After struggling to find the parking structure (The Monster only does after parking farther away but for less money) and stomping around UCLA completely lost (The Monster apparently doesn’t feel like looking at the map) he finally locates the correct location for UCLA’s Science and Food, The Exploration of Deliciousness lecture featuring the world’s greatest chef, Rene Redzepi of noma and Lars Williams of Nordic Food Lab.

The crowd is UCLA students, food enthusiasts and media.  A buzz in the air as we await the maestros.

On the video monitor interesting and puzzling factoids pop up (How does bacteria make food taste better?  Lightly roasted coffee beans have more caffeine than those roasted longer.) Along with the cover of Time when Redzepi was honored as locavore champion of the world and a photo of Lars Williams hard at work (damn, they’re both handsome and talented).

Is that Roy Choi?  Is he really a vegetarian now?  And there is Jonathan Gold sneaking in late.

At 7:08 we begin.  The chair of the department from UCLA opens up the symposium with a speech on why we’re here and what they hope to accomplish. The marriage of science and food and it’s importance is the interplay at work.

The lecture begins with a humorous intro to the arcane requests from Lars for an old electric blanket with no safety valve and sand crabs.  Between conversations with Jonathan Gold, a UCLA professor and a specialist in San Francisco it is determined that should they be able to locate sand crabs they may in fact be toxic.  Ultimately it is determined crickets will work just as well.

And then the two renowned men are introduced to rousing applause.  Redzepi begins by apologizing on being sick for the previously scheduled lecture due to “explosive diarrhea” which draws much laughter from the crowd.  noma has 75 employees from 22 countries with English being the mother tongue he explains. He tells an amazing story of noma’s more humble origins and how the Nordic Food Lab came to be.

The Nordic Food Lab’s purpose is to investigate deliciousness.  They don’t work on courses of food, rather pillars of cuisine to share with the world.

And then Rene introduces Lars who begins to describe the process of how they work.  What better way than to try it?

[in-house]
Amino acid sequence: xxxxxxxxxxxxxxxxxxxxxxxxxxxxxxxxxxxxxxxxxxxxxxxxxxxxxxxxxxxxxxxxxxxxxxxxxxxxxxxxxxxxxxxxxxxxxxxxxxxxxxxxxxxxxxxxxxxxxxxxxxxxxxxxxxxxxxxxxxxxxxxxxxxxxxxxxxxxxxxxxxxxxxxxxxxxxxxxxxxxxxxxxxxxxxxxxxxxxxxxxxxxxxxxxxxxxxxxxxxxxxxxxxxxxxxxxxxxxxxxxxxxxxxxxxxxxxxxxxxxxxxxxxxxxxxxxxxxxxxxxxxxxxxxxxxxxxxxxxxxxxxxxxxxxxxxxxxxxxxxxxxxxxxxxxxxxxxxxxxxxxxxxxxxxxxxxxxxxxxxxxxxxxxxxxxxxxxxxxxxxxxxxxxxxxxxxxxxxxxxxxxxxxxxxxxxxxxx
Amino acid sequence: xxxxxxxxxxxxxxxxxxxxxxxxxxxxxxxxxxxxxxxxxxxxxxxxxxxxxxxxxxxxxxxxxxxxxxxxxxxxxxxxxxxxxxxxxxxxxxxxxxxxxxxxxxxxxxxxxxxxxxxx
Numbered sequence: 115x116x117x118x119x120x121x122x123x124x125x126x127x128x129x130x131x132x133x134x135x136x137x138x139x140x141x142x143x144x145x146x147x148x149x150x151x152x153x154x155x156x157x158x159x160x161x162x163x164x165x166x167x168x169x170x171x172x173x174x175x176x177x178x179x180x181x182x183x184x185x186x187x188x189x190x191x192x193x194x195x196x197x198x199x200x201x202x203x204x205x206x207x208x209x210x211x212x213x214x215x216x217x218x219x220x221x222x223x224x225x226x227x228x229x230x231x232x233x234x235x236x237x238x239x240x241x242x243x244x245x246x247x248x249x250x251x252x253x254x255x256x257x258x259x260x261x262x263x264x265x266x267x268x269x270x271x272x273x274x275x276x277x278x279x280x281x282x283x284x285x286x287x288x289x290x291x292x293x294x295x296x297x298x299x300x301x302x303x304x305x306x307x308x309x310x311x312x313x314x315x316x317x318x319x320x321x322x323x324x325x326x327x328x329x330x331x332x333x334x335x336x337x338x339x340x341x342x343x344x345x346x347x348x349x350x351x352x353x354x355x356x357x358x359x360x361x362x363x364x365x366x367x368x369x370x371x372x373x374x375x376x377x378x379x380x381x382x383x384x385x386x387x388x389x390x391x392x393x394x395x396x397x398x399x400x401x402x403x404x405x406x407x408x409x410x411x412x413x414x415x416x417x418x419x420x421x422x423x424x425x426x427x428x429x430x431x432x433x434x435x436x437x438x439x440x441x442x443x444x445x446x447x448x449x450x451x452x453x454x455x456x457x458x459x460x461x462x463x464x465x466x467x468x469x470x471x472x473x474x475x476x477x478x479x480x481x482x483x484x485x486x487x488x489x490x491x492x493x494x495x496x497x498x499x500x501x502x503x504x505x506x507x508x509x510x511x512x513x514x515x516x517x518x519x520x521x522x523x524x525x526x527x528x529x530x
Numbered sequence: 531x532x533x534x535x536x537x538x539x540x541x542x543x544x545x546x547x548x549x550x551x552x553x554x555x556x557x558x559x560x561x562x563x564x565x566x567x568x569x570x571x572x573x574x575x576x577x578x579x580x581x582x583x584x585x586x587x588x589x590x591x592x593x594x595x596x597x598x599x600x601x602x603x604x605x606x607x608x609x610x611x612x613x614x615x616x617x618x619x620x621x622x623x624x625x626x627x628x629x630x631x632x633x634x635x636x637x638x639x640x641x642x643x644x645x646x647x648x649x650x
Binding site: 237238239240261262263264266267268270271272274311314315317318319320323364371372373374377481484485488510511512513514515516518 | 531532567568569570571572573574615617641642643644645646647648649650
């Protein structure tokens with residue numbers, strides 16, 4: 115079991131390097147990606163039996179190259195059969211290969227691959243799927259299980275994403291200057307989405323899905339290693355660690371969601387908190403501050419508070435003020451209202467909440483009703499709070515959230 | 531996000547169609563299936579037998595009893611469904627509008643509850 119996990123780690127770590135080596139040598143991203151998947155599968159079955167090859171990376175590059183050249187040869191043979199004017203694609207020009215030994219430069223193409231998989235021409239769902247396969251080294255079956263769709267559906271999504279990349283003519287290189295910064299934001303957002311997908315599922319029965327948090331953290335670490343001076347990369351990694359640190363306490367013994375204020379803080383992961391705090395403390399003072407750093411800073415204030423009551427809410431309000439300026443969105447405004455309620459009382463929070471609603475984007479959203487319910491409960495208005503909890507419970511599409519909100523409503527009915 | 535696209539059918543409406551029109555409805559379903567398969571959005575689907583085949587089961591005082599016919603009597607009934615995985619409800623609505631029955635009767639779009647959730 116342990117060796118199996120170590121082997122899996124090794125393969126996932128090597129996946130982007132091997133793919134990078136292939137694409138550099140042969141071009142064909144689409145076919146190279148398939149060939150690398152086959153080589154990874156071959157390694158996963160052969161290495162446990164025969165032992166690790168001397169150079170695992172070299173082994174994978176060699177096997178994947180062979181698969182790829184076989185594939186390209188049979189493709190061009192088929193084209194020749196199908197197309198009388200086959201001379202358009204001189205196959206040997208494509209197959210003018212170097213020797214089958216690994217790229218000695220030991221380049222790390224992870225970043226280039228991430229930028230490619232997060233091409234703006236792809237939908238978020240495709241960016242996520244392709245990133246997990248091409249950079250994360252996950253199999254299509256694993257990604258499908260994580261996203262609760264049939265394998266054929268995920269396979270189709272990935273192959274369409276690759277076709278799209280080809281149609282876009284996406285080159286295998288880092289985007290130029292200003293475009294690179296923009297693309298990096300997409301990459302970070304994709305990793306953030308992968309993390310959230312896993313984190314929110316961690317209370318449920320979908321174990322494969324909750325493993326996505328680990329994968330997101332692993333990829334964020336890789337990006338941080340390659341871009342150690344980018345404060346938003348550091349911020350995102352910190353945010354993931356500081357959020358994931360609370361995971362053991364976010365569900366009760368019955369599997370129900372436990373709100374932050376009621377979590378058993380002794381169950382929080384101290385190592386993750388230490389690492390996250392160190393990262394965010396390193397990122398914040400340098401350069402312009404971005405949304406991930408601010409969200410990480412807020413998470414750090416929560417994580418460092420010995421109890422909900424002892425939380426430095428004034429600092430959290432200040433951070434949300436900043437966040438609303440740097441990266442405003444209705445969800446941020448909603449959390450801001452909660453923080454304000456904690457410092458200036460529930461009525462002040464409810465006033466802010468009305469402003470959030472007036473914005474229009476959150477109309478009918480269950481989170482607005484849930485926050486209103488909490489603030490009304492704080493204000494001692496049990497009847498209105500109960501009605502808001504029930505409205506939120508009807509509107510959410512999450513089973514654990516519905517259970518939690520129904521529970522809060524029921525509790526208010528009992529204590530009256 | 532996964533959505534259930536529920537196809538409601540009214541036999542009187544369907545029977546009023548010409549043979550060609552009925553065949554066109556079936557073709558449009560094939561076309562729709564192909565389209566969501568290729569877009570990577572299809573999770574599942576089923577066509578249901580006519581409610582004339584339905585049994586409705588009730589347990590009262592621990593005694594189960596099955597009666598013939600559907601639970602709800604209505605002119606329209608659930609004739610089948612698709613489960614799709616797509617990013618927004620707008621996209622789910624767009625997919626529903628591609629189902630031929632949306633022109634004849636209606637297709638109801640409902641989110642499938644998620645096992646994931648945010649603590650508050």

The first sample is seaweed ice cream.  It is delicious and earthy and soft and luscious on the tongue.  The Monster would gladly order this at Ben and Jerry’s.

Next up is barley mold.  Not so much a fan.  The texture, smell and flavor are a little too earthy and real here.  Still, the process of how they develop this proves fascinating.

In the dropper is a kambucha drink that has fermented for six days.  Hints of carrot dominate and it’s refreshing and delicious.

How about cucumber powder?  Using a vegetable to procure spices. They used winter cucumbers, crushed them and whisked it into a paste then dried it into a powder.

The last pipette is cricket puree or garum with fermented barley.  They tell us this after we sample it.  They then show us how it is made, pouring live crickets into a food processor along with the fermented barley inoculated with a mold.  Watching them make this is both incredibly funny and disgusting but also illuminating to beg the question of why the Western population does not consume insects?  It is a responsible way to feed a population as well as an incredibly healthy one.

Billions of people eat insects and yet we do not.  To be fair, The Monster has had crickets and ants and grasshoppers.  He doesn’t want to have them again however.

At this point the floor is opened to questions.  The Monster has one.   How does he score a reservation at noma!

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